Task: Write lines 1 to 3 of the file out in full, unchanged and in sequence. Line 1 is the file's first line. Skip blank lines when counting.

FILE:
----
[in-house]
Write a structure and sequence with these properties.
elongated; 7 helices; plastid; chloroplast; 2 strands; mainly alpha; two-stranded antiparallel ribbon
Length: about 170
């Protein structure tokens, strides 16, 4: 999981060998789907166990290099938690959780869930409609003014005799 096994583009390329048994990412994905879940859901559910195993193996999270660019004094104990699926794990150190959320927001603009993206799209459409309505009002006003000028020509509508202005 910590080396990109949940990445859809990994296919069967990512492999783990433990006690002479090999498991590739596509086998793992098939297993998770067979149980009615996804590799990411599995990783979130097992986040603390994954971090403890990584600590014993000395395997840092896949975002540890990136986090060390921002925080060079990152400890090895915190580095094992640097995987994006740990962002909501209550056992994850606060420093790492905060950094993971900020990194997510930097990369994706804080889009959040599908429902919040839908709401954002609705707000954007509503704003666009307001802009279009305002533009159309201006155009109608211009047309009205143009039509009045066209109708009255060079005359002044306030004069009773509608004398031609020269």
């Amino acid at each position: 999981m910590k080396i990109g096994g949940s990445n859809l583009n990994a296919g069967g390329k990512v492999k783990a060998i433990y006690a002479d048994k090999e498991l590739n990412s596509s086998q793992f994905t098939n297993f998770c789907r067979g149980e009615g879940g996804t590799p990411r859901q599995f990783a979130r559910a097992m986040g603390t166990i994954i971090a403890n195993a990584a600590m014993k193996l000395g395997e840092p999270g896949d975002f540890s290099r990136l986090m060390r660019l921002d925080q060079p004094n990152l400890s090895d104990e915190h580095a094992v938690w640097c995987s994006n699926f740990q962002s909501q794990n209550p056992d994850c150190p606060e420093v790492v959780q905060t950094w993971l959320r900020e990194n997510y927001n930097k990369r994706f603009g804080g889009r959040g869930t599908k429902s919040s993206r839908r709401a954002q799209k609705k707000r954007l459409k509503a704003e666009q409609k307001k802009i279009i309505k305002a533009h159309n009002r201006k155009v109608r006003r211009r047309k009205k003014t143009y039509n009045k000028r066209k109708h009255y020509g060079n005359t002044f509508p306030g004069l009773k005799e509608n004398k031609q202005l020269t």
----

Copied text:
[in-house]
Write a structure and sequence with these properties.
elongated; 7 helices; plastid; chloroplast; 2 strands; mainly alpha; two-stranded antiparallel ribbon